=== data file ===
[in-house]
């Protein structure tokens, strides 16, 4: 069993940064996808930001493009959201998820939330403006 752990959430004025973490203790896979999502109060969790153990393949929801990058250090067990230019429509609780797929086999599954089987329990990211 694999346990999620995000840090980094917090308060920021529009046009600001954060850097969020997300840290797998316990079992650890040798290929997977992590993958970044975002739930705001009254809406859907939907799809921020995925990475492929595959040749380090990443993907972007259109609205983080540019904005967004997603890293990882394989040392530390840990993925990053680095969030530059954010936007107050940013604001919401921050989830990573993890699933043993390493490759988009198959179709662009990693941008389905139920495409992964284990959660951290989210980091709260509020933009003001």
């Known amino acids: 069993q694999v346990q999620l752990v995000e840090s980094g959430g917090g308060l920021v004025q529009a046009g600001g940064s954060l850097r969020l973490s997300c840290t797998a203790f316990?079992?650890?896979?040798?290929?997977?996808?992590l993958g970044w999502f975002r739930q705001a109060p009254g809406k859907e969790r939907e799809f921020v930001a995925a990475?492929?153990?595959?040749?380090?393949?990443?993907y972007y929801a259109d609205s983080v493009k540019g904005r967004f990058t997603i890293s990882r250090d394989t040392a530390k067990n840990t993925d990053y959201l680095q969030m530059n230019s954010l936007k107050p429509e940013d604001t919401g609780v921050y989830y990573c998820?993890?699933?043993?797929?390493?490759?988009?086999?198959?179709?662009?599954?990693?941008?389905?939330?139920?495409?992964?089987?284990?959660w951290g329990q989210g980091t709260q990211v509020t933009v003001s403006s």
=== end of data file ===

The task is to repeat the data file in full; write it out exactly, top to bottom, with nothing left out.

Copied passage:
[in-house]
């Protein structure tokens, strides 16, 4: 069993940064996808930001493009959201998820939330403006 752990959430004025973490203790896979999502109060969790153990393949929801990058250090067990230019429509609780797929086999599954089987329990990211 694999346990999620995000840090980094917090308060920021529009046009600001954060850097969020997300840290797998316990079992650890040798290929997977992590993958970044975002739930705001009254809406859907939907799809921020995925990475492929595959040749380090990443993907972007259109609205983080540019904005967004997603890293990882394989040392530390840990993925990053680095969030530059954010936007107050940013604001919401921050989830990573993890699933043993390493490759988009198959179709662009990693941008389905139920495409992964284990959660951290989210980091709260509020933009003001």
């Known amino acids: 069993q694999v346990q999620l752990v995000e840090s980094g959430g917090g308060l920021v004025q529009a046009g600001g940064s954060l850097r969020l973490s997300c840290t797998a203790f316990?079992?650890?896979?040798?290929?997977?996808?992590l993958g970044w999502f975002r739930q705001a109060p009254g809406k859907e969790r939907e799809f921020v930001a995925a990475?492929?153990?595959?040749?380090?393949?990443?993907y972007y929801a259109d609205s983080v493009k540019g904005r967004f990058t997603i890293s990882r250090d394989t040392a530390k067990n840990t993925d990053y959201l680095q969030m530059n230019s954010l936007k107050p429509e940013d604001t919401g609780v921050y989830y990573c998820?993890?699933?043993?797929?390493?490759?988009?086999?198959?179709?662009?599954?990693?941008?389905?939330?139920?495409?992964?089987?284990?959660w951290g329990q989210g980091t709260q990211v509020t933009v003001s403006s």